(Removed duplicate section. Restore if it isn't in fact duplicate please.)
[ikiwiki.git] / docs / newhandbook / X / index.mdwn
a86df2f3 1# The X Window System
4d10e196 2***Updated for X.Org's X11 server by Ken Tom and Marc Fonvieille. Updated for DragonFly by Victor Balada Diaz. Updated for 2014 pkgng by Warren Postma***
a86df2f3 3
ca543863 4[[!toc levels=3]]
a86df2f3 6## Synopsis
3a394b59 8This chapter will cover the installation and some configuration of the usual way of giving your Dragonfly BSD system an X-Windows style Graphical User Interface (GUI) and a modern Desktop Environment. In Unix systems, the graphical drawing system is provided by the combination of an X11R6 compliant X-Windows Server, such as the X.org server, and other software such as Window Managers and Desktop Environments. This multi-layered approach may be surprising to people coming from systems like the Mac or like Windows where these components are not so flexible, or provided by so many separately installed and configured pieces.
a86df2f3 9
35fb3679 10For more information on the video hardware support in X.org, check the [X.org](http://www.x.org/) web site. If you have problems configuring your X server, just search the web. There are lots of tutorials and guides on how to set up your X properly, if the information in this page is not enough for your situation.
a86df2f3 11
3a394b59 12Before reading this chapter, you should know how to install additional third-party software. Read the `dports` section of the documentation, for DragonFly 3.4 and later.
a86df2f3 13
14You may find the FreeBSD X Configuration instructions apply exactly and unchanged in DragonFly BSD.
15They are found [[here|http://www.freebsd.org/doc/en_US.ISO8859-1/books/handbook/x-config.html]]
a86df2f3 16
a86df2f3 17## Understanding X
19### What is X.Org
21X.Org is the most popular free implementation of the X11 specification. The X11 specification is an open standard, and there are other implementations, some commercial, and some free.
bed9fc81 23### The Window Manager and the Desktop Environment
a86df2f3 24
bed9fc81 25An X Server is a very low level piece of software. It does not provide any way to move windows around or resize them. It does not provide a title bar on the top of your windows, or a dock, or any menus.
a86df2f3 26
bed9fc81 27These things are the job, in the oldest style of X environment, of your window manager, or in more recent times, of a Desktop Environment.
a86df2f3 28
bed9fc81 29Installing X.org by itself does not give you any window manager or any desktop environment. You will have to choose one and install it yourself. Until you select one, your system will not be usable.
a86df2f3 30
bed9fc81 31There are dozens of window managers and desktop environments available for X. The most retro ones you might chose include `fvwm` and `twm` which have that retro 1980s workstation look and feel. There are also window managers included inside modern desktop environments like XFCE, KDE and Gnome.
a86df2f3 32
33If you are brand new and don't know what to do, select the XFCE4 desktop and follow those instructions.
34Every desktop environment and window manager also has a different configuration mechanism. Read your chosen environment's documentation to learn more. Some are configured by text files alone, and some (like KDE and Gnome) have sophisticated graphical configuration utilities and "control panels".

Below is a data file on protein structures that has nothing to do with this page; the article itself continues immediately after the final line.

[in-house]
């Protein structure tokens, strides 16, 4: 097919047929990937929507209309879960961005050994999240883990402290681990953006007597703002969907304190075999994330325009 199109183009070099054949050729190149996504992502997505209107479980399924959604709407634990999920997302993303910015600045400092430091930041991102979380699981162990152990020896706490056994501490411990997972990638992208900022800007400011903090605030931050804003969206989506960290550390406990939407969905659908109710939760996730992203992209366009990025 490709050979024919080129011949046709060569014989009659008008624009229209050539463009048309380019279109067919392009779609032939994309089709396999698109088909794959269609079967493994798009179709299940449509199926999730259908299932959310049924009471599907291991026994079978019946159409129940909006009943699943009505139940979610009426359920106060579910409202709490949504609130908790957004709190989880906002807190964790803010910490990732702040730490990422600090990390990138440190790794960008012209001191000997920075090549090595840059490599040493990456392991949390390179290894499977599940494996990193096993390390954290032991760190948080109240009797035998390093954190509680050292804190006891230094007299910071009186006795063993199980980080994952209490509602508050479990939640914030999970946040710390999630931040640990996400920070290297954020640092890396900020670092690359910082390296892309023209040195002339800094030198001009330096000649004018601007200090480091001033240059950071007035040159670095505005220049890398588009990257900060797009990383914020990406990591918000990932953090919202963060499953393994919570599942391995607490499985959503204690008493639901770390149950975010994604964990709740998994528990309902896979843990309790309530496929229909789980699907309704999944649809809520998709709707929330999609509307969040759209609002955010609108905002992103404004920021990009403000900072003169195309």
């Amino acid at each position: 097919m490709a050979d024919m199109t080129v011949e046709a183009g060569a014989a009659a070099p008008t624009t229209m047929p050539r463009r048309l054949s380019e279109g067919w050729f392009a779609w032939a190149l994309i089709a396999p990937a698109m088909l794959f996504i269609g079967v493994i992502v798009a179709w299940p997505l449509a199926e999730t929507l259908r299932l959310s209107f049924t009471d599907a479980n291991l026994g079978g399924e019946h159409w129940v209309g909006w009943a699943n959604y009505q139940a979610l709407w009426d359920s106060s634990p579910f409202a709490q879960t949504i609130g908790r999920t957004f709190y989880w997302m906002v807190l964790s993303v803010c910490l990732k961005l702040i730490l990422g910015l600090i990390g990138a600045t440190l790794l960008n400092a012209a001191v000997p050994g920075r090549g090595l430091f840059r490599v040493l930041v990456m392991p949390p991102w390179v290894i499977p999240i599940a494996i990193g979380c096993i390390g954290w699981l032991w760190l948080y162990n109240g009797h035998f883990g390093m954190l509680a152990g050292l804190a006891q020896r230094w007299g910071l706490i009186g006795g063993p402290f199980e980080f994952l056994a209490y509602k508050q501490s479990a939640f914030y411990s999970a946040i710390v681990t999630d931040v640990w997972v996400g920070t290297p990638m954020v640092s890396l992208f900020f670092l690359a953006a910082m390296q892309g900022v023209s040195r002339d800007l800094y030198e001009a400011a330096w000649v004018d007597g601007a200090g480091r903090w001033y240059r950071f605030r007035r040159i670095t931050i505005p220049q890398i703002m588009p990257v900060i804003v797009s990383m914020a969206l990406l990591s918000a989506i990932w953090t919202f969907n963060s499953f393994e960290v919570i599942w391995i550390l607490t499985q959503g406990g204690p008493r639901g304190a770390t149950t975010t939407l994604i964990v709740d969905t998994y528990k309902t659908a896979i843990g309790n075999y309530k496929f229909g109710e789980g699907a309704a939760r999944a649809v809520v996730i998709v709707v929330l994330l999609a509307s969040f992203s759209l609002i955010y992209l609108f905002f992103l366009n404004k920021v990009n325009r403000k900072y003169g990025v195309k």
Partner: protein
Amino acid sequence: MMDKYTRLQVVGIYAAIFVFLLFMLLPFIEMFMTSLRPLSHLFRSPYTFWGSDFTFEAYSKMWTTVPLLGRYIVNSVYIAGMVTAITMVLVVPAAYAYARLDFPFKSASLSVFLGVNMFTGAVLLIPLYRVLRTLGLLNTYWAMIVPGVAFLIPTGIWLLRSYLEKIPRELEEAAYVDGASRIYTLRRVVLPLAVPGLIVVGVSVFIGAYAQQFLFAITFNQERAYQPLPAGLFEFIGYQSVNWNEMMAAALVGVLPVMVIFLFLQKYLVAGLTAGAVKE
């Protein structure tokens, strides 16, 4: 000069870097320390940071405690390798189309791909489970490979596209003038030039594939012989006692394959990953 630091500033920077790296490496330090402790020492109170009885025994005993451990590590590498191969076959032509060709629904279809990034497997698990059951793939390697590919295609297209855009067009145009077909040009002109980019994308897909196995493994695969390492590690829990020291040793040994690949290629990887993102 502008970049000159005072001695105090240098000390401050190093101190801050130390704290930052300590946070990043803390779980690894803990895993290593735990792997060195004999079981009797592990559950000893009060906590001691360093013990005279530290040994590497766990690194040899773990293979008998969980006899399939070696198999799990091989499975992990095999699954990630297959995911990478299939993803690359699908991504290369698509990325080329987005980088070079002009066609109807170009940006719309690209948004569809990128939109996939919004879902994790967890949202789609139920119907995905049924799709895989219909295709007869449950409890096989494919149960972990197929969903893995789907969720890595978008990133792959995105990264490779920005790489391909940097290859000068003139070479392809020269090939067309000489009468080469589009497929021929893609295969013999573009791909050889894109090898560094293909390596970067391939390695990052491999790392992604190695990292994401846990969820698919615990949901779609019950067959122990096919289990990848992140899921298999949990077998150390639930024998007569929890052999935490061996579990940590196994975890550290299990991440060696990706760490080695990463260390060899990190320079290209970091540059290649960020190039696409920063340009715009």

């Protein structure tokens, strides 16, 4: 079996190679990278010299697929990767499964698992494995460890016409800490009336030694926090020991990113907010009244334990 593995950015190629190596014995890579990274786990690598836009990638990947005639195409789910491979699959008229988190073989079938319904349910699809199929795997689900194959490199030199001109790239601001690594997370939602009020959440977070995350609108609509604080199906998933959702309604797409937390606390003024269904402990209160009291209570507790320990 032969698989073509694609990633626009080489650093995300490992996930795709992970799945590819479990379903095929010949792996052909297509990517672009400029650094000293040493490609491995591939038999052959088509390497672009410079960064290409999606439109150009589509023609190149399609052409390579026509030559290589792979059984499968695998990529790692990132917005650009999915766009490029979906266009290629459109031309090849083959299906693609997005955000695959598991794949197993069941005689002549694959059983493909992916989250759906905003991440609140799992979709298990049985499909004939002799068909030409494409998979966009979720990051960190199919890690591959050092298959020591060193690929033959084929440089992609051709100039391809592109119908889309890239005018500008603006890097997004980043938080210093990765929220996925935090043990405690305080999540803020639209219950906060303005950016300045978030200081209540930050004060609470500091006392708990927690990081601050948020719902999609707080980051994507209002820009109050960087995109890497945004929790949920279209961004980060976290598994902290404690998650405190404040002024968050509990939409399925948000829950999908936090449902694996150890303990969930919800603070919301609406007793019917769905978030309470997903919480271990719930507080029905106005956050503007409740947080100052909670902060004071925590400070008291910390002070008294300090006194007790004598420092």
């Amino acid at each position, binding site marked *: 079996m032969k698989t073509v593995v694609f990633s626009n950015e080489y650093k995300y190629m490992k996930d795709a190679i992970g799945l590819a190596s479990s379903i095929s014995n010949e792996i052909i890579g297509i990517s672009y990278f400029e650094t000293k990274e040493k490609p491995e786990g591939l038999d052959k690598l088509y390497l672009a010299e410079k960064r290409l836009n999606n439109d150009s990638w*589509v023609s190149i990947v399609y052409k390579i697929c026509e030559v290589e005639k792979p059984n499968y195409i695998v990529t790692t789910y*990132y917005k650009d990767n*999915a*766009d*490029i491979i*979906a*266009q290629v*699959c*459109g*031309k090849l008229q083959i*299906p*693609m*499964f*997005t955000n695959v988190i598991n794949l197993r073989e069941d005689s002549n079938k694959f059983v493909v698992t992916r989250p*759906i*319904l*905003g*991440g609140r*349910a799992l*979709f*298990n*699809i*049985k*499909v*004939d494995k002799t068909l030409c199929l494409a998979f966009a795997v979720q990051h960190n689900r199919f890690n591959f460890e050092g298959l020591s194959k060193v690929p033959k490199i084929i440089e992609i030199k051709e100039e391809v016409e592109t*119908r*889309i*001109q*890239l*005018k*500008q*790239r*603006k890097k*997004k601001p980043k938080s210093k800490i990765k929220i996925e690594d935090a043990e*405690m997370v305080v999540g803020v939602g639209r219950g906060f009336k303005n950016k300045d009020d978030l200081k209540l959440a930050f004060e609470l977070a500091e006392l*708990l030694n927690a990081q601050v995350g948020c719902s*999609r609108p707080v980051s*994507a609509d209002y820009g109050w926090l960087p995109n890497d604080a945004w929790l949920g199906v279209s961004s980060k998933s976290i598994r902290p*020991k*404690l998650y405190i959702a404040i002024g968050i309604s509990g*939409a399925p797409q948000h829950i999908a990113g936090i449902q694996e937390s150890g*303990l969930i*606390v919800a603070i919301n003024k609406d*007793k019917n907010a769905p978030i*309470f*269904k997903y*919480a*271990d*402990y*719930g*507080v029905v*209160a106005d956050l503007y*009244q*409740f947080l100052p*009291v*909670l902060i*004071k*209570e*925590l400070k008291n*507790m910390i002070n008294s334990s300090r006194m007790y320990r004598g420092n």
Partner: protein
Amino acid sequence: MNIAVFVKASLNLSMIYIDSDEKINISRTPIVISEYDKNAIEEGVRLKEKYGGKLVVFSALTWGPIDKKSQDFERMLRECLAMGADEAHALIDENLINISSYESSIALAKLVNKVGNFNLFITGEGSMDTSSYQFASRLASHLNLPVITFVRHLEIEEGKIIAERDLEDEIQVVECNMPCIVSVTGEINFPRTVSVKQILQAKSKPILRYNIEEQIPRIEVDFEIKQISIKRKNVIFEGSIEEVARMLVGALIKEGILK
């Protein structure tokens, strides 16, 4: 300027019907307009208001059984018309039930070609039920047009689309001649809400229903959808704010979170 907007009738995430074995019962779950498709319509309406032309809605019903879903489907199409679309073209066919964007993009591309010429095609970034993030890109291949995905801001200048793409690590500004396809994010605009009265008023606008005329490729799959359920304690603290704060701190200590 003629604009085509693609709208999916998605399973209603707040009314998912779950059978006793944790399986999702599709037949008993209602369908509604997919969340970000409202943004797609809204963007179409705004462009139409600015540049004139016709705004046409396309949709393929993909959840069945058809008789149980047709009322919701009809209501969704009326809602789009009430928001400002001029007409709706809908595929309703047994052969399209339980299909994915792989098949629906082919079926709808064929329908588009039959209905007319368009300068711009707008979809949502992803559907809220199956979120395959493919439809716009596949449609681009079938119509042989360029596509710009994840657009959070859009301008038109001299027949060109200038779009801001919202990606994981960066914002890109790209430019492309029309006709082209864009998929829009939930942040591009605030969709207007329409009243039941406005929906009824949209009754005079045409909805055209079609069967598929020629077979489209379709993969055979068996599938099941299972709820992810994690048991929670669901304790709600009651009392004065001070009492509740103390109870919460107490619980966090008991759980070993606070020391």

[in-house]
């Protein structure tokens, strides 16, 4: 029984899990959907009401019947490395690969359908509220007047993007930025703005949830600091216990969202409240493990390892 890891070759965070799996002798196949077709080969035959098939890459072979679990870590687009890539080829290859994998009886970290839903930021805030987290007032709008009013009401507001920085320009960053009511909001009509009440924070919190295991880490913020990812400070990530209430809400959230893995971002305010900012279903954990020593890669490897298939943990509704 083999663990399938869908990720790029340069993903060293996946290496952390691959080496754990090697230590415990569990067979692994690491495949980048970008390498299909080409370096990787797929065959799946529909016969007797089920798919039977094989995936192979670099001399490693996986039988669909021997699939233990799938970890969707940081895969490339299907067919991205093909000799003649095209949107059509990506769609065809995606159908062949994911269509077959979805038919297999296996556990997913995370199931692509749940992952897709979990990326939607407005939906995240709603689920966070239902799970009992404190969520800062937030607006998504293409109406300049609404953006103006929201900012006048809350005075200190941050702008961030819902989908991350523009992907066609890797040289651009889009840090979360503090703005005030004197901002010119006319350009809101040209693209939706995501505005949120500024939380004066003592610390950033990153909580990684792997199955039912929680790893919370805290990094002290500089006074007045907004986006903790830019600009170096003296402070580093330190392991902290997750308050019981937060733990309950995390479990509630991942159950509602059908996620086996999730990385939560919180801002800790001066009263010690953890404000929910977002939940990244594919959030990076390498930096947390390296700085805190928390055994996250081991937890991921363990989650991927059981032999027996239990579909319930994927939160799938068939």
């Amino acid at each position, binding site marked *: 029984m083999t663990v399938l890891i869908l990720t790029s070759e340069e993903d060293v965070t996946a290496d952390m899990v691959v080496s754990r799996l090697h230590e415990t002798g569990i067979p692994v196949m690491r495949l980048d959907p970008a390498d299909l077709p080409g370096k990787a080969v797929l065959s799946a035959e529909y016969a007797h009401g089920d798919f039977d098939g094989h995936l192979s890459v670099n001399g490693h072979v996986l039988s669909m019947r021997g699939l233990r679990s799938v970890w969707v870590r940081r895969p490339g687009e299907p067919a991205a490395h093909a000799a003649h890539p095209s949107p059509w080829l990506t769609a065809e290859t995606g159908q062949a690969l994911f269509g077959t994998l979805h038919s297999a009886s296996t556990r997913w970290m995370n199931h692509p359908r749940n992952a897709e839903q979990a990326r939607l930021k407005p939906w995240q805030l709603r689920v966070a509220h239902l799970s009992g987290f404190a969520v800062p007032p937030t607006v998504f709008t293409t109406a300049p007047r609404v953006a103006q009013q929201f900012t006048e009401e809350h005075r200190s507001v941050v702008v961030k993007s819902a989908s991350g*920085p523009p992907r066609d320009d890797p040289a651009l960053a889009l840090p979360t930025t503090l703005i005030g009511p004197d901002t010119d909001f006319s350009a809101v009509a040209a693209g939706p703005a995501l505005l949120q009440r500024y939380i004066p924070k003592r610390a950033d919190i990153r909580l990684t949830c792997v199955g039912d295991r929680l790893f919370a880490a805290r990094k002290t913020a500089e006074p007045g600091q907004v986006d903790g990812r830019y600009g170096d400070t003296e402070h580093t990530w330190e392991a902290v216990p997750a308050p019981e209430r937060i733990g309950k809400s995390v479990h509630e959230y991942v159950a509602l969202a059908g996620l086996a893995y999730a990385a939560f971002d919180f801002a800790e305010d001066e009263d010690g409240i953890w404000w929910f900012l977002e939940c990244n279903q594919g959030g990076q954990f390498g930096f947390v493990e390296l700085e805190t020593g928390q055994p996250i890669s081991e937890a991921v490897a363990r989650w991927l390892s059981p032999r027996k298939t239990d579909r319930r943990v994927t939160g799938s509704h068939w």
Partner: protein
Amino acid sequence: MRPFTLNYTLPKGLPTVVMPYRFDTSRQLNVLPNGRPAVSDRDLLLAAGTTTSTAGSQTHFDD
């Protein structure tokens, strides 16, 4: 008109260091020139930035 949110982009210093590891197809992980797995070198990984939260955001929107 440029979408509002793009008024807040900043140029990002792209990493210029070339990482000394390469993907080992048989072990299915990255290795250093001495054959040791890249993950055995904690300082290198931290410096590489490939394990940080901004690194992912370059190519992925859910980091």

a86df2f3 35
bed9fc81 36Note that XFCE4 and Gnome and KDE do not require you to install any window manager as they include one automatically.
a86df2f3 37
a86df2f3 38## Installing X
4d10e196 40**X.org** is currently available in the DragonFly dports collection.
a86df2f3 41
5fa36c0a 42To install:
a86df2f3 43
f5e2e40e 44 pkg install xorg-7.7
a86df2f3 45
4d10e196 46By the time you read this, it might be a newer version of xorg than 7.7, you can also try this general command:
a86df2f3 47
f5e2e40e 48 pkg install xorg
a86df2f3 49
a86df2f3 50## Configuring X
8da48ac3 52You may need to add the following lines to `/etc/rc.conf` for regular PCs but you might not want to set these two lines to NO instead on a Virtual Machine as they cause problems in Dragonfly BSD 3.4 through 3.6:
a86df2f3 53
54 hald_enable ="YES"
55 dbus_enable= "YES"
49405676 56
8da48ac3 57Also see below about enabling `moused` in rc.conf, which may be required for you to see your mouse pointer in X.
a86df2f3 58
32c109d2 59As of version 7.3, Xorg can often work without any configuration file by simply typing at prompt:
a86df2f3 60
32c109d2 61
a86df2f3 62
32c109d2 63 % startx
a86df2f3 64
65If this does not work, or if the default configuration is not acceptable, then X11 must be configured manually. For example, if X11 does not detect your mouse then you will not get a mouse pointer, you will get a desktop (either a color or a dotted-pattern) but moving your mouse will not result in you seeing a mouse pointer move around. Also, you might get a garbled display, or no display at all. If any of these happen to you, you need to do some manual configuration of X.org, which means a configuration text file.
4a6774f7 67Configuration of X11 is a multi-step process. The first step is to build an initial configuration file. As the super user, simply run:
32c109d2 68
a86df2f3 69
32c109d2 70 # Xorg -configure
a86df2f3 71
32c109d2 72This will generate an X11 configuration skeleton file in the `/root` directory called `xorg.conf.new` (whether you [su(1)](http://leaf.dragonflybsd.org/cgi/web-man?command=su&section=1) or do a direct login affects the inherited supervisor `$HOME` directory variable). The X11 program will attempt to probe the graphics hardware on the system and write a configuration file to load the proper drivers for the detected hardware on the target system.
a86df2f3 73
32c109d2 74The next step is to test the existing configuration to verify that **X.org** can work with the graphics hardware on the target system. To perform this task, type:
a86df2f3 75
32c109d2 76
a86df2f3 77
e9cd5e79 78 # Xorg -config xorg.conf.new -retro
a86df2f3 79